I met with Marcela Mitaynes and Jabari Brisport and looked out into the crowd in awe. There was a constant hum of helicopters above us. A sea of police officers faced off with a crowd of peaceful protestors who were chanting and occasionally playing music. They seemed to have called in every cop in Brooklyn on us.
Eventually everyone walked away from Barclays down along Flatbush Ave. towards Prospect Park. We took over the streets of NYC in that moment. We chanted and occasionally blocked traffic. People peeked out of their windows and shouted out support and banged their pots and pans. Cars drove by, honked their horns, and revved their engines. I for once felt something I had only previously felt in Chicago during the teachers’ strike: The people of the city were with us. You could feel the energy of solidarity every where we went.
As we walked towards Prospect Park, an unsettling question arose: Where are the cops? Once we got to Prospect Park, the vans all rushed in. The protesters had pulled barricades from the park into the street to stop traffic and keep the cops out. The cops rushed out of their vans and pulled for and fought for the barricades. Eventually, we let go of the barricades and ran out of the area.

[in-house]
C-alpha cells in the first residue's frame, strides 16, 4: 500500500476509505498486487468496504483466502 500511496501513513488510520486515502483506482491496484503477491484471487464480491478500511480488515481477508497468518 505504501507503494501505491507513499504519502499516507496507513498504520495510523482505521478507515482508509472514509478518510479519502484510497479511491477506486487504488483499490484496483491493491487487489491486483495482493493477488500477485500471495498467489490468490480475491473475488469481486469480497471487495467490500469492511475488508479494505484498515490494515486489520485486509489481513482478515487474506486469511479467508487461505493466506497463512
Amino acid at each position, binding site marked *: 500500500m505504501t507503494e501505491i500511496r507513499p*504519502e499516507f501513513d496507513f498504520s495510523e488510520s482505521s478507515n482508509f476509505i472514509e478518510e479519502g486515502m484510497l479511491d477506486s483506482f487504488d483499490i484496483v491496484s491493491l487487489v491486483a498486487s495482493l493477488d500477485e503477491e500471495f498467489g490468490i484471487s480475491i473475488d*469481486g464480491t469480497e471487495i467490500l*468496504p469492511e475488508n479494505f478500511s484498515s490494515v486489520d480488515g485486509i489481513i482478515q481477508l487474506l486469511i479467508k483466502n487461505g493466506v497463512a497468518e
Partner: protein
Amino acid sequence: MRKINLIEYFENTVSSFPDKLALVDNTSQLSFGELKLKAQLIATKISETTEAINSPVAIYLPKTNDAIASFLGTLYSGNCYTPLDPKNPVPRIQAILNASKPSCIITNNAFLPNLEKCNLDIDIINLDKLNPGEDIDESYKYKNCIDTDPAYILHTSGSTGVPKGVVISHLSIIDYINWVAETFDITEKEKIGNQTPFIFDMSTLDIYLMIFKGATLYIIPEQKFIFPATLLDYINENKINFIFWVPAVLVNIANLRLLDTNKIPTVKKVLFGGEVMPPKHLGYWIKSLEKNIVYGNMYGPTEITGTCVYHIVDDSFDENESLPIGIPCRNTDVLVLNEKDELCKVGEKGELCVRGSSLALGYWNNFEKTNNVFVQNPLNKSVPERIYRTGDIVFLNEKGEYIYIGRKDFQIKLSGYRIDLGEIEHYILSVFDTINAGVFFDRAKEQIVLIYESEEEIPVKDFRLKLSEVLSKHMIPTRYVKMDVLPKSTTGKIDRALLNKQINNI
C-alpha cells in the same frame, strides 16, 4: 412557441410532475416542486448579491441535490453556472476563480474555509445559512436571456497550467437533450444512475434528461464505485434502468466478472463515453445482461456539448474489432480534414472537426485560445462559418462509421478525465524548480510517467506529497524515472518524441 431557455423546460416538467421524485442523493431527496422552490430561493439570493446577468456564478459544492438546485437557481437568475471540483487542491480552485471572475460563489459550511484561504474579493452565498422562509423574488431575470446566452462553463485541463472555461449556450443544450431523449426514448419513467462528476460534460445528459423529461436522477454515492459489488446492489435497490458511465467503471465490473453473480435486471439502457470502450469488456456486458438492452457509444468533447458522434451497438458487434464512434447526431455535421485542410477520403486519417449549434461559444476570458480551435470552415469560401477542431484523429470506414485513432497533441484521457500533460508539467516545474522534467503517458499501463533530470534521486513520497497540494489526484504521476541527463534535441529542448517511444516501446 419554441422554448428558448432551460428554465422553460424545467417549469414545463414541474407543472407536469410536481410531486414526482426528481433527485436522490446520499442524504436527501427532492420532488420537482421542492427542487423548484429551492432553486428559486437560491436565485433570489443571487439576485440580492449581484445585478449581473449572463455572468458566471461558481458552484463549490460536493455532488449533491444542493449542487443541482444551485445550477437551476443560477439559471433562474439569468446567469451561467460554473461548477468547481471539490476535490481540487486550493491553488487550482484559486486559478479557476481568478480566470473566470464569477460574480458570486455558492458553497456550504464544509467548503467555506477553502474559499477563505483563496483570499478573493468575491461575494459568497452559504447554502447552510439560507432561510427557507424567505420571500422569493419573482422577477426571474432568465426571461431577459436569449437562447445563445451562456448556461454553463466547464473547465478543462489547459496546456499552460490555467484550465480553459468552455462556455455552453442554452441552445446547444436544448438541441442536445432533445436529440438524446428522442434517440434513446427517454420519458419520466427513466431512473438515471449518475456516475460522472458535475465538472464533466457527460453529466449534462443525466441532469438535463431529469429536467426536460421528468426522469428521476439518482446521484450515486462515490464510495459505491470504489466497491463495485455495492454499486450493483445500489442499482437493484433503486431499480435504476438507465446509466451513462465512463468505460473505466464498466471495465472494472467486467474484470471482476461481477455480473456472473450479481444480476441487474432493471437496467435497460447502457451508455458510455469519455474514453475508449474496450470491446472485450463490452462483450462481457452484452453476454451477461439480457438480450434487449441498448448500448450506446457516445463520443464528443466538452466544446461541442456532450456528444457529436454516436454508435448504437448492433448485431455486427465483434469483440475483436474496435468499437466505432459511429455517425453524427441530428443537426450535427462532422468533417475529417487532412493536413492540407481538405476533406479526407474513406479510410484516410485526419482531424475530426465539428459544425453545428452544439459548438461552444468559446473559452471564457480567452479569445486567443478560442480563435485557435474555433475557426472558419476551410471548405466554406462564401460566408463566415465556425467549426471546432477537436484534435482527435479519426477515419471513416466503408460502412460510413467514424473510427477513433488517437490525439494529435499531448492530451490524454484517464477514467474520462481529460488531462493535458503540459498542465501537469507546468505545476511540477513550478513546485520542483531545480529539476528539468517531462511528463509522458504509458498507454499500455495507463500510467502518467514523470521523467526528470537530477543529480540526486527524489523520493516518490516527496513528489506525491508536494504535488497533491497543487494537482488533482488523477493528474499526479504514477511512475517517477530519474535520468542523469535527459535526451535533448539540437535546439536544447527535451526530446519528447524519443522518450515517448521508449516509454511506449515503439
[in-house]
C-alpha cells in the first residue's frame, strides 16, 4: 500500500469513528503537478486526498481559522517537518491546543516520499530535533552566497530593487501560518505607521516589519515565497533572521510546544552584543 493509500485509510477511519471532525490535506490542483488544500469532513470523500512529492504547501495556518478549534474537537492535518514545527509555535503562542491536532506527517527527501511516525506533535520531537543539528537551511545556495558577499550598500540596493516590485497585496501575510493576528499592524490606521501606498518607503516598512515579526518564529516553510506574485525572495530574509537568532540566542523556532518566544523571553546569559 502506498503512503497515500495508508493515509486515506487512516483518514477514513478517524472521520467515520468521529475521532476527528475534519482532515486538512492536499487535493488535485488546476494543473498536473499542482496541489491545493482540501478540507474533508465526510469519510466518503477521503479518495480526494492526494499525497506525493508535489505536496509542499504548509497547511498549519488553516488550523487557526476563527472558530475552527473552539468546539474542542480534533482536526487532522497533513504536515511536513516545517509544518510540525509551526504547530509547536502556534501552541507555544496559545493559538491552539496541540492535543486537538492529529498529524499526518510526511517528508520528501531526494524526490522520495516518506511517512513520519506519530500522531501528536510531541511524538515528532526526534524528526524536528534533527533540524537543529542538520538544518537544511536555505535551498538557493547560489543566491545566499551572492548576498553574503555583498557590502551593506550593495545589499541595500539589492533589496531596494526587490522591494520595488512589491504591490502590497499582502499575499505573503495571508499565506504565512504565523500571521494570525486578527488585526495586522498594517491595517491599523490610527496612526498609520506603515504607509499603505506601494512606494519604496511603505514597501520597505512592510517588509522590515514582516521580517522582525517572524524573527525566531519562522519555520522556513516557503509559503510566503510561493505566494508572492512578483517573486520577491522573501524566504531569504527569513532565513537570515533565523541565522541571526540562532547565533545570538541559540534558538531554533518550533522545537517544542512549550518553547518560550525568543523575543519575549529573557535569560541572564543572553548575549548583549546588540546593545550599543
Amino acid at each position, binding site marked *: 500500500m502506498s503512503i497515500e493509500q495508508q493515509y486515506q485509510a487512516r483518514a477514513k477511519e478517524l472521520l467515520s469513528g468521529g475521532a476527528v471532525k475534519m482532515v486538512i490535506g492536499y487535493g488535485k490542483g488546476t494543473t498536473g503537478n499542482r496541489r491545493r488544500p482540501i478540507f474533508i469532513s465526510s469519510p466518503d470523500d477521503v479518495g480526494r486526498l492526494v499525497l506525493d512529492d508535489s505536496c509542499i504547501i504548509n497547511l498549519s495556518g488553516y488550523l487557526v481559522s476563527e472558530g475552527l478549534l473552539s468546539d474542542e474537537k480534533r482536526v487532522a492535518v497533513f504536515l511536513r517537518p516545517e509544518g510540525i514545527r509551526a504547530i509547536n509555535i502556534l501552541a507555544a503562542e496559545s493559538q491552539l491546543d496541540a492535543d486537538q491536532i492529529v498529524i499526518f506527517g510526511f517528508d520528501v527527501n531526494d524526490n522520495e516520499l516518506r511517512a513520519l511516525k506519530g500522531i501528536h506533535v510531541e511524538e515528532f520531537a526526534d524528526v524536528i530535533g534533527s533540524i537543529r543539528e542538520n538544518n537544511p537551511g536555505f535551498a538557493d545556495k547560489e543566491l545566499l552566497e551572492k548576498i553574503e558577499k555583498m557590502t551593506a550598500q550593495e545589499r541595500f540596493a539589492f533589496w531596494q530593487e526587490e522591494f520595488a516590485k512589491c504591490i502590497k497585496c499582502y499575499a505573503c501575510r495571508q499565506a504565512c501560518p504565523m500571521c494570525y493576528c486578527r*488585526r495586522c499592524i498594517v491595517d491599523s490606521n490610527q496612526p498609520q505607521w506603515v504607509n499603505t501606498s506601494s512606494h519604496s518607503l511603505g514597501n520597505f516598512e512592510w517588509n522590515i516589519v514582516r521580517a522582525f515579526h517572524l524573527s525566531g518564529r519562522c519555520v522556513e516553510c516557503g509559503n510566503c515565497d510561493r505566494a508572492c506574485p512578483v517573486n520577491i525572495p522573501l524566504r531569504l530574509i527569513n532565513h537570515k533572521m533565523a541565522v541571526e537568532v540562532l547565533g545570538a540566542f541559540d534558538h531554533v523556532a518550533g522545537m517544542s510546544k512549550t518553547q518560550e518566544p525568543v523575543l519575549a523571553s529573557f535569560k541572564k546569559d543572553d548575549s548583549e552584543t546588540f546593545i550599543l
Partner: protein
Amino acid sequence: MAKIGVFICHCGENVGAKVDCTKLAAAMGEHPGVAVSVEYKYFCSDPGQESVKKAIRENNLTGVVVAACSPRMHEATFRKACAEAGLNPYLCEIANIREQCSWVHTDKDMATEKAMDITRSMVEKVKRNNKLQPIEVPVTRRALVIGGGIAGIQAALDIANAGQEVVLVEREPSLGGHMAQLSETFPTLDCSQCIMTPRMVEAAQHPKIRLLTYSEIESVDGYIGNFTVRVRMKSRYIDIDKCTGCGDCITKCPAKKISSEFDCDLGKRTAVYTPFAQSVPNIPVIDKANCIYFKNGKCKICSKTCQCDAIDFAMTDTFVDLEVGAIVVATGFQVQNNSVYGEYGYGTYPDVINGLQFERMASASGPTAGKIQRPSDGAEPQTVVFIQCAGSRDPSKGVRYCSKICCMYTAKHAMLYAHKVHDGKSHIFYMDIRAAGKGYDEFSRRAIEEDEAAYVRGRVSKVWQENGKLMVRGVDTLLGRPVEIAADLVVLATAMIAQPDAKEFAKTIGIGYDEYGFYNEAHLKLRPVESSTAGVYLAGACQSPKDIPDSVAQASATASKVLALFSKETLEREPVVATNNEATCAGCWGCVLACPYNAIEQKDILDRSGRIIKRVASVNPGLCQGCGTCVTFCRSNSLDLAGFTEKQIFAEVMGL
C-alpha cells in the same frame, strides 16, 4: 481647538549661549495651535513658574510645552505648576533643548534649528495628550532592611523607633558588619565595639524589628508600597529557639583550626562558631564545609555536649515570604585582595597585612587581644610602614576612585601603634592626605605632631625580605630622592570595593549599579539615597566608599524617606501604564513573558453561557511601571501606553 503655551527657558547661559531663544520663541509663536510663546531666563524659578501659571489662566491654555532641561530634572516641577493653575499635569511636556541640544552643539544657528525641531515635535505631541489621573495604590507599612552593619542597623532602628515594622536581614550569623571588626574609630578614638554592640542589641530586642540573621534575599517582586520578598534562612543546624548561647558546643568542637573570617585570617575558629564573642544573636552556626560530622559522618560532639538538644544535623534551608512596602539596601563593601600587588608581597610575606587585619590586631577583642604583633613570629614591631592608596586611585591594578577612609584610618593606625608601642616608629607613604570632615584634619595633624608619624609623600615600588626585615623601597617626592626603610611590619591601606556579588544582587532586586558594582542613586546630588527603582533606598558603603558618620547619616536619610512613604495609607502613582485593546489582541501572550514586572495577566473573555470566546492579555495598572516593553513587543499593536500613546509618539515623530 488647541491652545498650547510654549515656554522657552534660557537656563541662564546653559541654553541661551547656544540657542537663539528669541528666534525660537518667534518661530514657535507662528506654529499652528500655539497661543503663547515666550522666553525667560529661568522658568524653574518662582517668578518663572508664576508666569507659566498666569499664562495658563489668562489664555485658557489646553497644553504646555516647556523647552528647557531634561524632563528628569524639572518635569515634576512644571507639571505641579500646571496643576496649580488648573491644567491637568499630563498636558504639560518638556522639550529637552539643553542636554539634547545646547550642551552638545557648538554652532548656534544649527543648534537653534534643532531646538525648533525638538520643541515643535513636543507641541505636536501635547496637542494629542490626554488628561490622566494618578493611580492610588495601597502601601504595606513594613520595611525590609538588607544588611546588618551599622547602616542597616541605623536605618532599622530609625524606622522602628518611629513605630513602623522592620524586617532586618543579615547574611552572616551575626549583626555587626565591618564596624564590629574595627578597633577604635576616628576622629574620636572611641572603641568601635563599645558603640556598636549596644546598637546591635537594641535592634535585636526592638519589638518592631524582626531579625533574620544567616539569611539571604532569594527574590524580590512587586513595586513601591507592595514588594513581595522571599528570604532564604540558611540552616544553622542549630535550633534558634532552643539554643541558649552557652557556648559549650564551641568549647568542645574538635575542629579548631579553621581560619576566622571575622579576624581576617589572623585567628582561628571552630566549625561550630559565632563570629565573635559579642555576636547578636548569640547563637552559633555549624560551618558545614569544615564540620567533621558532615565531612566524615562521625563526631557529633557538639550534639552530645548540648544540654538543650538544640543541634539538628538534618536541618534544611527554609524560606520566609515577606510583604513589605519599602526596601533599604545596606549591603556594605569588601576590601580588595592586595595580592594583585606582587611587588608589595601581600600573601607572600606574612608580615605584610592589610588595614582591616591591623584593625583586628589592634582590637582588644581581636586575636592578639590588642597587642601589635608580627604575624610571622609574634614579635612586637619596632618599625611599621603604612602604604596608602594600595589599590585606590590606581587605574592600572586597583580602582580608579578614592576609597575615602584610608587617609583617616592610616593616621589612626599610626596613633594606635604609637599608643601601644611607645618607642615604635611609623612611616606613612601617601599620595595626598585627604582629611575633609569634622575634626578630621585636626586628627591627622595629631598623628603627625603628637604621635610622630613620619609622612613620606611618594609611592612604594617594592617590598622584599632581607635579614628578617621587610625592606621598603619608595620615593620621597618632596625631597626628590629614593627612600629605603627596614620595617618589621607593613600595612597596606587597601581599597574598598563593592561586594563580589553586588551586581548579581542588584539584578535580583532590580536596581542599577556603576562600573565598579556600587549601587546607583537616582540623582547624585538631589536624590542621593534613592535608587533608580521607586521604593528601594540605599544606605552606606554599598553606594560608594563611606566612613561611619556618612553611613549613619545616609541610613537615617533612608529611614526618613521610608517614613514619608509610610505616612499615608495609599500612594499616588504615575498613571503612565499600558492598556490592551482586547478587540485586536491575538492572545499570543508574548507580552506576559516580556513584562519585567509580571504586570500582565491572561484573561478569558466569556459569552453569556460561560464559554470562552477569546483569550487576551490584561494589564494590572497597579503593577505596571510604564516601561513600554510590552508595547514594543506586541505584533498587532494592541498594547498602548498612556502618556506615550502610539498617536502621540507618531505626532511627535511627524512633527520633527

We all walked in front of a museum nearby and chanted and played music. The cops followed us back and surrounded us. Suddenly, we saw riot police coming in. It is appalling that they called riot police on a crowd of mostly young, Black and brown students who were peacefully protesting. Our safety was clearly less important than museum property. We got split up, and the cops surrounded and trapped a group in front of the museum and pushed everyone else off.
Physically seeing what we are up against, a violent, racist capitalist state, is surreal and horrifying. The feeling of the people of New York City uniting and seeing unions like the Transporation Workers’ Union come out in support of this fight gives me tremendous hope.